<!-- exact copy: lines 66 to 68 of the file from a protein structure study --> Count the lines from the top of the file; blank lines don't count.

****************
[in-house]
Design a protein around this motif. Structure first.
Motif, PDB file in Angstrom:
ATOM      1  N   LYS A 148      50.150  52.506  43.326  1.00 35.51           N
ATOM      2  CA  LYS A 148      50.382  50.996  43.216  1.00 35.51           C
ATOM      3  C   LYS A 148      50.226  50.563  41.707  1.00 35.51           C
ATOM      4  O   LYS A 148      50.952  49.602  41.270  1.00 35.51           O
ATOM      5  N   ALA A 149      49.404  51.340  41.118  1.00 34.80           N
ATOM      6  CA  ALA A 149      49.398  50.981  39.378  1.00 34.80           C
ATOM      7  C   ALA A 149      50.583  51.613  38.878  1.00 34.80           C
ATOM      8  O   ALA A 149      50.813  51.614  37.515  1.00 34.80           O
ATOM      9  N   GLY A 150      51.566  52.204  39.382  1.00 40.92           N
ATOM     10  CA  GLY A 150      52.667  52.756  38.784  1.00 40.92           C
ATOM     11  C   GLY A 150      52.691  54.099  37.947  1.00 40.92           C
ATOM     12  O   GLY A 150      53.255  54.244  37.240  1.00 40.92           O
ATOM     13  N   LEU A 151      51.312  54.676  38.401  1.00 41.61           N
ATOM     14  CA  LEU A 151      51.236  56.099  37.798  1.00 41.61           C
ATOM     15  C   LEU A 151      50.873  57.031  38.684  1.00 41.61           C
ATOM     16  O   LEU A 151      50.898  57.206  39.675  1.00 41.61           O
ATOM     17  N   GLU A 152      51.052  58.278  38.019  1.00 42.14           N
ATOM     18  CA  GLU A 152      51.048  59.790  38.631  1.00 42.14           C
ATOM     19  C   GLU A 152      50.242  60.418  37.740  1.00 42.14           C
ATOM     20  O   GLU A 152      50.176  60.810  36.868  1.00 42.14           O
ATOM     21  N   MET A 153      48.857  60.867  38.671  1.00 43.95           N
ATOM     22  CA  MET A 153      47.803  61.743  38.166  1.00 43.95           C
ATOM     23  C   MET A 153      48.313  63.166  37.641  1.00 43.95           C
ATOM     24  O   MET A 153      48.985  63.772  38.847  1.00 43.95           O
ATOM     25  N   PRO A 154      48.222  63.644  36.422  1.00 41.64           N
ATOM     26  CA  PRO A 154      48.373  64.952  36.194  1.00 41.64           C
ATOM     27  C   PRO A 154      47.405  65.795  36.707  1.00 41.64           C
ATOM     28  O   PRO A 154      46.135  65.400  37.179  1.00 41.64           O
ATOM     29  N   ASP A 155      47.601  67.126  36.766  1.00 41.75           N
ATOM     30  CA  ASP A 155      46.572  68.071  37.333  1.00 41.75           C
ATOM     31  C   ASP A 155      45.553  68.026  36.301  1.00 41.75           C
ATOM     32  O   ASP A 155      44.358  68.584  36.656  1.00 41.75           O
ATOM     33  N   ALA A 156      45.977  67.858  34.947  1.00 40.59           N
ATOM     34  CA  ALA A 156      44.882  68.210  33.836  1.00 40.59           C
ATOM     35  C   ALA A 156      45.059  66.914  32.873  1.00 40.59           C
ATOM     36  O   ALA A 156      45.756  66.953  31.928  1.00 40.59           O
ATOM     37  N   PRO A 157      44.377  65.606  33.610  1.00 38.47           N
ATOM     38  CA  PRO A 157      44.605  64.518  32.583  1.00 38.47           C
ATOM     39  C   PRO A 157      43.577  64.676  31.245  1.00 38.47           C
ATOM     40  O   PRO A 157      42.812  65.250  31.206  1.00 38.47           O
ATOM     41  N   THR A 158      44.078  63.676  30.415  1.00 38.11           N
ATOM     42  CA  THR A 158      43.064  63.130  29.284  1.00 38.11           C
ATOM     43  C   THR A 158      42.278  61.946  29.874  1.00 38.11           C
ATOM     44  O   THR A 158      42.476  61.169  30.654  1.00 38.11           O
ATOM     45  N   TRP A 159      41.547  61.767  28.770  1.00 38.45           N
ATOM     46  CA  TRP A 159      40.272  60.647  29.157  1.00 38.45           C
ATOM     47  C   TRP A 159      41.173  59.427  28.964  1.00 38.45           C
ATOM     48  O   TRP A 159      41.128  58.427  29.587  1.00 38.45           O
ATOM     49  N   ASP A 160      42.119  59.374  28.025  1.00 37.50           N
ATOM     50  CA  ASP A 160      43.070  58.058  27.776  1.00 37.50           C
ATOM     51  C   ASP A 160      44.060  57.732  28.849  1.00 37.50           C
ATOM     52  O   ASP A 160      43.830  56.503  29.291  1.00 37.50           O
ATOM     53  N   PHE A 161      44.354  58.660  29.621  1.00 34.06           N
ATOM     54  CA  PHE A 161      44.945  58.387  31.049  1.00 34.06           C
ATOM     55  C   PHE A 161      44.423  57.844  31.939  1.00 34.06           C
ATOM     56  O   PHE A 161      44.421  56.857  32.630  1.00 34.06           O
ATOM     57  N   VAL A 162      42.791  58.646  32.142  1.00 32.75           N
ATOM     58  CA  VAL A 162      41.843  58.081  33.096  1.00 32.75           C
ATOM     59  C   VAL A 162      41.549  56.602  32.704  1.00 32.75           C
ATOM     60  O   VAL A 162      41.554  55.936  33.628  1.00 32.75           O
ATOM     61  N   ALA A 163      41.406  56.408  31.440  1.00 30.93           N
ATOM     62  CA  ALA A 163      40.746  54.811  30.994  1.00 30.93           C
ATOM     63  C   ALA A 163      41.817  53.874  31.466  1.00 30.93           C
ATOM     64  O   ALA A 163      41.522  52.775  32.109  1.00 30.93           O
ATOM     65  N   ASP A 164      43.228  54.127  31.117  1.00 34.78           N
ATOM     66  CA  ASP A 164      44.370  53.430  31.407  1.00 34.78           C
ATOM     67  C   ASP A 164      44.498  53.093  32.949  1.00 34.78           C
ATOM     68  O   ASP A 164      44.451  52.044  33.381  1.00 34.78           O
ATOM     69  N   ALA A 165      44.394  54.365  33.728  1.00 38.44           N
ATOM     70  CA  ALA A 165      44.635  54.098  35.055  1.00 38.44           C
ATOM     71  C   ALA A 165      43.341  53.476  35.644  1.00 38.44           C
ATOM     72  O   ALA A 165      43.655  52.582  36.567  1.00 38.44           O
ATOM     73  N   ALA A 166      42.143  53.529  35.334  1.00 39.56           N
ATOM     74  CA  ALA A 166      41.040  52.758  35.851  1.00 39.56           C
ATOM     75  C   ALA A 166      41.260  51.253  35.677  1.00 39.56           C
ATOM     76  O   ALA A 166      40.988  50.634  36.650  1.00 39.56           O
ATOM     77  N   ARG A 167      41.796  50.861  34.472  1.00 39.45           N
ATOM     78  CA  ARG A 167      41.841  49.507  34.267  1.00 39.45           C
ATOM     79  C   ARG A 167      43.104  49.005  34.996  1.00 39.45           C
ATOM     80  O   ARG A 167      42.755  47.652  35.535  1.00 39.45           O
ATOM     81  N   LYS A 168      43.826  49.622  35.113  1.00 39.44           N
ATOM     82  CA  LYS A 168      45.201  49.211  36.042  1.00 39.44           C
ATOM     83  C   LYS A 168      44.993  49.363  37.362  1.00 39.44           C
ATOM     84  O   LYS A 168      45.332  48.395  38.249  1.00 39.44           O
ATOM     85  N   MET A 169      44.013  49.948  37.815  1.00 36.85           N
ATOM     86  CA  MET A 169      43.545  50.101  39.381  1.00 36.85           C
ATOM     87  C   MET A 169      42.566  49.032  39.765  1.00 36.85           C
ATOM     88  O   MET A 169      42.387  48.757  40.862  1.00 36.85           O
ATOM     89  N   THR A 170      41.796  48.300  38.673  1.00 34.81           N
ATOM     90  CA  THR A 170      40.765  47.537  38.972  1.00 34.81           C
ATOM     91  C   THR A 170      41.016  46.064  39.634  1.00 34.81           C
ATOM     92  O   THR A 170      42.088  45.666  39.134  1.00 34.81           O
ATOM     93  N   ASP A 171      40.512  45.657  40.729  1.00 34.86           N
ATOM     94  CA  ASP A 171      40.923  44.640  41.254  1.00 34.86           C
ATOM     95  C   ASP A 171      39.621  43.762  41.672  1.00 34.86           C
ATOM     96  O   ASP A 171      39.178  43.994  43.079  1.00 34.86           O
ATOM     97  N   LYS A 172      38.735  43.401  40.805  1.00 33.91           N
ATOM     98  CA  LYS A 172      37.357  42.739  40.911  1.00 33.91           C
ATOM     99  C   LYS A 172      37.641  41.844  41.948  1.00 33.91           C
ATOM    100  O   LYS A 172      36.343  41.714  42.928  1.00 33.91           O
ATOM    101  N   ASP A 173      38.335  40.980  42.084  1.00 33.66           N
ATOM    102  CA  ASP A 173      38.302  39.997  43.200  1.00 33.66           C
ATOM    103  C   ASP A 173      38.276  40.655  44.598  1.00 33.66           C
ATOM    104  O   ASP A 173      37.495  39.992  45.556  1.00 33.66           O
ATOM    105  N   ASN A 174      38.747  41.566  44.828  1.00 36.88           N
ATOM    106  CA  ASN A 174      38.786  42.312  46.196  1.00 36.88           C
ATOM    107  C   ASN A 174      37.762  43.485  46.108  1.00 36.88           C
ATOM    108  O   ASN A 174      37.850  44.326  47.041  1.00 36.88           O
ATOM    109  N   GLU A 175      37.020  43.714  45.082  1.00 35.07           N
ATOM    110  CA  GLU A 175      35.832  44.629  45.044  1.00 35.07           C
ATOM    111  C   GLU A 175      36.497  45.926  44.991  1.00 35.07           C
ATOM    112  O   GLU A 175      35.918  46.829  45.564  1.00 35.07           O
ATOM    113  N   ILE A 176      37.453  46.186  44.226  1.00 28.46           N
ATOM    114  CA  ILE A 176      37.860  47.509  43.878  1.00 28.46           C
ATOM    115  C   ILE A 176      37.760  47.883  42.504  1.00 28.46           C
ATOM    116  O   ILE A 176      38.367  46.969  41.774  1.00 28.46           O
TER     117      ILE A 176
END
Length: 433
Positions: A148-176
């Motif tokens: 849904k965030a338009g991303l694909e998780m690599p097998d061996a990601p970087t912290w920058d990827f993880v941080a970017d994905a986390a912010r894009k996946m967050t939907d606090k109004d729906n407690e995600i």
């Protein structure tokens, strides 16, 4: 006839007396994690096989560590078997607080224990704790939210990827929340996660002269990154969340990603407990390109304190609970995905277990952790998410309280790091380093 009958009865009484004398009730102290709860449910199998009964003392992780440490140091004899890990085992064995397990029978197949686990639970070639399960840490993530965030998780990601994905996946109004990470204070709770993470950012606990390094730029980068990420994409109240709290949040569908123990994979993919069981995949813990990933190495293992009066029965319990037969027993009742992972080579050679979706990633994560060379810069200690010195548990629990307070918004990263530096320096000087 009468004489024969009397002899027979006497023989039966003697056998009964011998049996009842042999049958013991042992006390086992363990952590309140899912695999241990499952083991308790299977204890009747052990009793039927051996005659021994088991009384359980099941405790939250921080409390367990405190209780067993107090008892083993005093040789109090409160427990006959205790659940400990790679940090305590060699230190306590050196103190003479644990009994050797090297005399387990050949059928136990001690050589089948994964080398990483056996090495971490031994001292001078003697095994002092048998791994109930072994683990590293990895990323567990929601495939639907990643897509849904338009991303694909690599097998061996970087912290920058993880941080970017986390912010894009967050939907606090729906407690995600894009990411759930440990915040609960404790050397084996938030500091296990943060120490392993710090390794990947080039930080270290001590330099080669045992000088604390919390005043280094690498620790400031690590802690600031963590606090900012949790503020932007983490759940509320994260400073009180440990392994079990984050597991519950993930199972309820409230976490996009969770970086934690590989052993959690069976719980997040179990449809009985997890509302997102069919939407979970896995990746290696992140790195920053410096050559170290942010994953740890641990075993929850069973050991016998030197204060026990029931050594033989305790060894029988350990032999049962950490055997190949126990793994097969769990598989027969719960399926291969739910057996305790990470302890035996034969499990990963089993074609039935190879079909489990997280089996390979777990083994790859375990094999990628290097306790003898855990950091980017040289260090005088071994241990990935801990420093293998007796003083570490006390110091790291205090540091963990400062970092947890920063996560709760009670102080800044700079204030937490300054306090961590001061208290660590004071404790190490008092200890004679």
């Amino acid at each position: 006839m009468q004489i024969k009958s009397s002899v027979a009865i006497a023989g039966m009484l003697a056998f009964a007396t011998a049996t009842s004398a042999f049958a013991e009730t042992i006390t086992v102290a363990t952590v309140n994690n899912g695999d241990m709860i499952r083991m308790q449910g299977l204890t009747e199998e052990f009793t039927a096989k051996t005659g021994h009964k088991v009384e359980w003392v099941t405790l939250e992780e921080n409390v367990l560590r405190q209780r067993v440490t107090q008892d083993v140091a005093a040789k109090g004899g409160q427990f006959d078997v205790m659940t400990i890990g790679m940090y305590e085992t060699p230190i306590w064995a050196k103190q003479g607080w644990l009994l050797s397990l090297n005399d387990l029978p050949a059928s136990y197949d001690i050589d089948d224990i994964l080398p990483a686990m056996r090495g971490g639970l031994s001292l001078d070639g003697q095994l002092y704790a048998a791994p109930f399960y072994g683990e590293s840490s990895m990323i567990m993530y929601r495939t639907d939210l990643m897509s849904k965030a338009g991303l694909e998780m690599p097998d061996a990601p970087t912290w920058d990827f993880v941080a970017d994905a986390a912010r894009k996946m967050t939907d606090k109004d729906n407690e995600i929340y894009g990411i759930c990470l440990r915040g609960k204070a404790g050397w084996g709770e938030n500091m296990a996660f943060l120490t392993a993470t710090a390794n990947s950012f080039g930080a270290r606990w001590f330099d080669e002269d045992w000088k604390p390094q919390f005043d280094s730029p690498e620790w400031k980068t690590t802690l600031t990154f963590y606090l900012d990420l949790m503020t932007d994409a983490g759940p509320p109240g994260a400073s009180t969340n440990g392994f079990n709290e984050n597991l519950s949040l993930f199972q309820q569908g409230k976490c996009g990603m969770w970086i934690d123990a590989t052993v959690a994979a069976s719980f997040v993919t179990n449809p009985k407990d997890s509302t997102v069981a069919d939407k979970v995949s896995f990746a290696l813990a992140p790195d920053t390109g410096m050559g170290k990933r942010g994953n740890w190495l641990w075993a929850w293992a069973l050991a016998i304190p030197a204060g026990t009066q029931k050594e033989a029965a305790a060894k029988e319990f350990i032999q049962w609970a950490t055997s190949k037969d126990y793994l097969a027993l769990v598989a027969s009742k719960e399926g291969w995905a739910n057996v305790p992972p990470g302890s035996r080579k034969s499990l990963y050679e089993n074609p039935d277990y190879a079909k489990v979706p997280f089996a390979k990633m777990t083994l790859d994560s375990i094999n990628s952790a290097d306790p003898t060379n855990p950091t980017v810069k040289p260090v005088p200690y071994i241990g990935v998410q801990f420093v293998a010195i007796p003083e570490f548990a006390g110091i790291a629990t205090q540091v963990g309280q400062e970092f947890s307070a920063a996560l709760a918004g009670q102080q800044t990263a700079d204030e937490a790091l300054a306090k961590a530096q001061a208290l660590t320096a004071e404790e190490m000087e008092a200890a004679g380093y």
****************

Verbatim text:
ATOM     63  C   ALA A 163      41.817  53.874  31.466  1.00 30.93           C
ATOM     64  O   ALA A 163      41.522  52.775  32.109  1.00 30.93           O
ATOM     65  N   ASP A 164      43.228  54.127  31.117  1.00 34.78           N